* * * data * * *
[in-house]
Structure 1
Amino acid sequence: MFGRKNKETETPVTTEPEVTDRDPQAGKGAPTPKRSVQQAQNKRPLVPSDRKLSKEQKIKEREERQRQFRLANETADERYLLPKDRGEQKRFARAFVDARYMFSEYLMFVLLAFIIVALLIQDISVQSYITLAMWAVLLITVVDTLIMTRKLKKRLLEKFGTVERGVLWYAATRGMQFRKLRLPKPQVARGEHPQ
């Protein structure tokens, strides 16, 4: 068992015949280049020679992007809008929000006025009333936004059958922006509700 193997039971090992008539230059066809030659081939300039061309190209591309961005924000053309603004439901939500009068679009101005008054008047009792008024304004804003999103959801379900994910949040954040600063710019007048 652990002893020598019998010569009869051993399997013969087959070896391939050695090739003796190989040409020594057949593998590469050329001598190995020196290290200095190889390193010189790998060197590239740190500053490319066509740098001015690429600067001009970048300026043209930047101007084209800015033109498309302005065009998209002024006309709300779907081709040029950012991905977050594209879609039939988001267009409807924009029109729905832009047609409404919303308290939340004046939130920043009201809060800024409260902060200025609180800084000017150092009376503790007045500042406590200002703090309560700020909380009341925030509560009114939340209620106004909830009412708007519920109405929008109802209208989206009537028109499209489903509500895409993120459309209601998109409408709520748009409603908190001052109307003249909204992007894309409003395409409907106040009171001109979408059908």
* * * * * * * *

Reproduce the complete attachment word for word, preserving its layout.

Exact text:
[in-house]
Structure 1
Amino acid sequence: MFGRKNKETETPVTTEPEVTDRDPQAGKGAPTPKRSVQQAQNKRPLVPSDRKLSKEQKIKEREERQRQFRLANETADERYLLPKDRGEQKRFARAFVDARYMFSEYLMFVLLAFIIVALLIQDISVQSYITLAMWAVLLITVVDTLIMTRKLKKRLLEKFGTVERGVLWYAATRGMQFRKLRLPKPQVARGEHPQ
């Protein structure tokens, strides 16, 4: 068992015949280049020679992007809008929000006025009333936004059958922006509700 193997039971090992008539230059066809030659081939300039061309190209591309961005924000053309603004439901939500009068679009101005008054008047009792008024304004804003999103959801379900994910949040954040600063710019007048 652990002893020598019998010569009869051993399997013969087959070896391939050695090739003796190989040409020594057949593998590469050329001598190995020196290290200095190889390193010189790998060197590239740190500053490319066509740098001015690429600067001009970048300026043209930047101007084209800015033109498309302005065009998209002024006309709300779907081709040029950012991905977050594209879609039939988001267009409807924009029109729905832009047609409404919303308290939340004046939130920043009201809060800024409260902060200025609180800084000017150092009376503790007045500042406590200002703090309560700020909380009341925030509560009114939340209620106004909830009412708007519920109405929008109802209208989206009537028109499209489903509500895409993120459309209601998109409408709520748009409603908190001052109307003249909204992007894309409003395409409907106040009171001109979408059908």